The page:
Many people believe cherries are one of the fruits with the greatest potential for Peru's agro-export sector. However, although the prospects are certainly encouraging, the country's industry, which in just a few years has managed to position itself as one of the leaders in the export of blueberries, grapes, avocados or asparagus, among other fruits and vegetables, still has a long (although very hopeful) road ahead in which the nursery sector is playing a key role.
"At Viveros El Tambo we have alliances with various breeding companies. We are partners of ANA (Andes New Varieties Association). More than 20 years ago, 4 Chilean nurseries partnered creating ANA with the objective of seeking genetics anywhere in the world, mainly focusing on deciduous fruit trees, managing them and making them available to nurseries and growers in Chile and other countries."
"Through ANA we are working with several genetic programs. One of them is Unibo, of the University of Bologna, with which we are confident we can achieve success in Peru. In fact, at Viveros El Tambo we are working on bringing several temperate climate varieties from Unibo to Peru from Chile, but for now we have not been able to overcome the phytosanitary barriers that Peru is putting up. On the other hand, IFG, with whom we also work, has a cherry department under development, and they have been the first breeders to obtain low dormant cherry varieties."
"What has been done so far is to test with existing genetics and see if they can work in Peru, but the results have not been as expected," says Samuel. "That is why it is so important to introduce these varieties in the country. We still don't know when we will be able to achieve this, but we should be close already. We are even hopeful that, if we achieve the entry of the varieties this year, for which there is still time, we will be able to start in 2023 with the propagation and supply of cherry trees to Peruvian growers interested in testing the crop."
"Arequipa is the region that best suits the conditions required for cherry cultivation"
Obtaining varieties with low cold requirements will prove essential for the future cherry industry in Peru, where research is already underway in order to find the most favorable regions for potential expansion.
"Peru needs to seek an area which offers both a minimum amount of cold hours, but also a warm spring, so that the fruit can ripen and be harvested in October. For Peru to be successful in the cherry market, it has to harvest its fruit before Chile, because otherwise, it will be very difficult for it to compete with Chilean fruit," says the director of Viveros El Tambo. "Chile is the world's largest exporter of cherries, and it is going to start with earlier and earlier fruit in early November. In fact, today, practically the only thing being planted in the country is early varieties with earlier harvest dates than the Santina, including the Sweet Aryana, Nimba or Pacific Red."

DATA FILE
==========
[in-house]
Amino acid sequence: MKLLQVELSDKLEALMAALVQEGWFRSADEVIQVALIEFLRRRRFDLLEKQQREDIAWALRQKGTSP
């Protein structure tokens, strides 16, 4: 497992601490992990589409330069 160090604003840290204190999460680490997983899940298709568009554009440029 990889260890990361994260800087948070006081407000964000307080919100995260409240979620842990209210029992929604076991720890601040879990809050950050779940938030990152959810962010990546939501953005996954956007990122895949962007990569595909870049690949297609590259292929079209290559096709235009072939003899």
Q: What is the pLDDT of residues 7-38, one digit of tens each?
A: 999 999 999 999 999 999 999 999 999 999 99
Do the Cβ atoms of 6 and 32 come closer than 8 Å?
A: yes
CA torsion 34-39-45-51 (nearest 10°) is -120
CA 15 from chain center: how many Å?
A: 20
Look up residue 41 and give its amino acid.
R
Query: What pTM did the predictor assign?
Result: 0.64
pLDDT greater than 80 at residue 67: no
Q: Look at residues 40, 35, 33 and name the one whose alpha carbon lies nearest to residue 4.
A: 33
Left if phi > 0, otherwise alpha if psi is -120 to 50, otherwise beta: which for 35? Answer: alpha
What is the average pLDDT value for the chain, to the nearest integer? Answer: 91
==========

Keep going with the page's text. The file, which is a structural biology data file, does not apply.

"But, in addition to the required temperature, you need the area to be well connected; that is, to be easily accessible. Therefore, I would say that Arequipa is the region that best fits these three conditions. It has some cold hours, it has a warm spring and its flat geography means it has very good accessibility. Apart from this, progress is also being made in techniques that can help do without the cold."
"We will have good results in China again"
Viveros El Tambo has been devoted to fruit tree production in Chile for almost 3 decades, and has been present in Peru since 2014, contributing with its quality plant material to the growth of the thriving table grape and blueberry industries. "These two fruits currently account for 95% of our activity in Peru. With citrus and avocado we are still developing, and the same applies to cherry trees, but many people in the industry expect we are going to be involved with these for years to come."
And, despite the fact that the export results in recent years have not been as good as expected due to economic factors, Chile has shown the importance of cherries in the global market and, more specifically, in the most populated country on the planet: China.
"Since 5 to 7 years ago, when cherries had a vertiginous development in Chile, reaching very good prices, Peru has been looking to produce cherry trees. The last three seasons have been challenging, especially in the period after the Chinese New Year. COVID and the situation of the logistics sector have made things harder and, therefore, plantings have stopped, with the exception of the early varieties. There is a lot of concern about what is going to happen next season, with the New Year being a week earlier than in 2022. However, I think that in the future (although probably not next year), we should achieve good results in China again. On the one hand, because the date of the New Year is changing every year, and on the other hand, because as the situation in the rest of the world normalizes, cherries are going to continue to attract great interest, and new markets will be explored."
"Also, if Chile manages to produce fruit in November, the chances for success are very great; but if Peru manages to do so in October, its chances will be even greater," says Samuel Escalante.